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Hr 594 - Effects of Utilizing Realistic Job Reviews on Employeeselection, Performance, and Retention

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Effects of Utilizing Realistic Job Reviews on EmployeeSelection, Performance, and Retention

HR594: Strategic Staffing


The need to keep track of employees has become more of a demand in today's job society than before, but is job reviews necessary? Samuel Culbert, a UCLA professor believes, "performance reviews don't work because they set employers and employees at cross-purposes (Culbert, 2010)." Research shows that employees value what their performance reviews shows, this is something that they have control over. The use of appraisals' can determine many things such as promotions, pay raises, retention, and self assessment. Mr. Culbert says that reviews are baloney and managers feel they cause conflict, but they are necessary to protect companies from wrongful termination charges or even charges of discrimination. The question then becomes does the reviews really tell who you are? Are they a valuable part of a company's values and mission? Also, do these reviews affect one's attitude? Costco Wholesale a company I work for and am familiar with uses their reviews as an assessment to how well an employee has performed over the last 12 months. Its use comes with mix reviews. In this particular case the reviews are used to determine promotions, but are not used to determine raises, so managers feel that no matter how good or bad a person performs they are still rewarded extrinsically. There are no consequences for bad behavior in a performance review at Costco other than the possibility of not being able to transfer to another location, but there are ways around that. Employees do not take the time to think about the questions in the review or even in many mangers opinion, care what the review reflects. Performance reviews are an essential part to a company and as long as a company strives for success, the need to have good people on your team is a valuable asset.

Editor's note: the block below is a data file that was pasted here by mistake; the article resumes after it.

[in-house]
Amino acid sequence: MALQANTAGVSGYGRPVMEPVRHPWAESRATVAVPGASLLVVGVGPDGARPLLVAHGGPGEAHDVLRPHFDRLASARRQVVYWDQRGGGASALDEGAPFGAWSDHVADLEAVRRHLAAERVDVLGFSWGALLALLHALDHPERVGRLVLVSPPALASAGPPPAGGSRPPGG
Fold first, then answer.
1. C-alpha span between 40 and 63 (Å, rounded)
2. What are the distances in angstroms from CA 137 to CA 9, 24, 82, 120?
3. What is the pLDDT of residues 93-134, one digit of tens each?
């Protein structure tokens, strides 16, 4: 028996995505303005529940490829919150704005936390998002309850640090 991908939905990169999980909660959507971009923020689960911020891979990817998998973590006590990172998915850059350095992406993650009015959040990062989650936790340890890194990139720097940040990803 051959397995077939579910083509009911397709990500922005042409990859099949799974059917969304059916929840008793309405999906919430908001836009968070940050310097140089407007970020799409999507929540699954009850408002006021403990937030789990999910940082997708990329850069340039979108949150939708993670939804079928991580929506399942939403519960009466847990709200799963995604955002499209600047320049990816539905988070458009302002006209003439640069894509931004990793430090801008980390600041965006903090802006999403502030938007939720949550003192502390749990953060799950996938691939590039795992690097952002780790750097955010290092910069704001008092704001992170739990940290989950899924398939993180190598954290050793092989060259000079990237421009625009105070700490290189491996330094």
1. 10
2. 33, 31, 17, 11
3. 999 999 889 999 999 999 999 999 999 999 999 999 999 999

A company's top priority should be treating employees as highly valuable, irreplaceable assets that will provide the development, innovation, and skills necessary to make a company a success. Companies that have frozen outside hiring are looking closely at whether the people on their staff are in the right jobs (McGregor, 2009). Most companies' top management is well aware that quality people, especially quality leaders, are the primary key to corporate success. It has become clear that it is crucial for organizations to hire and retain the right people and provide them with training if they expect to produce a competitive advantage. However, hiring the right people tends not to be the easiest assignment in today's marketplace. John Robak states, "Even well-known organizations with the best reputations are finding that they have to do much more to stand out as a preferred place to work in the new employee-centric environment. Becoming an employer of choice can be both an effective human resources strategy and a competitive business advantage for winning the battle to attract and retain loyal, high-performance talent (Robak 2007, ΒΆ2)."

Literature Review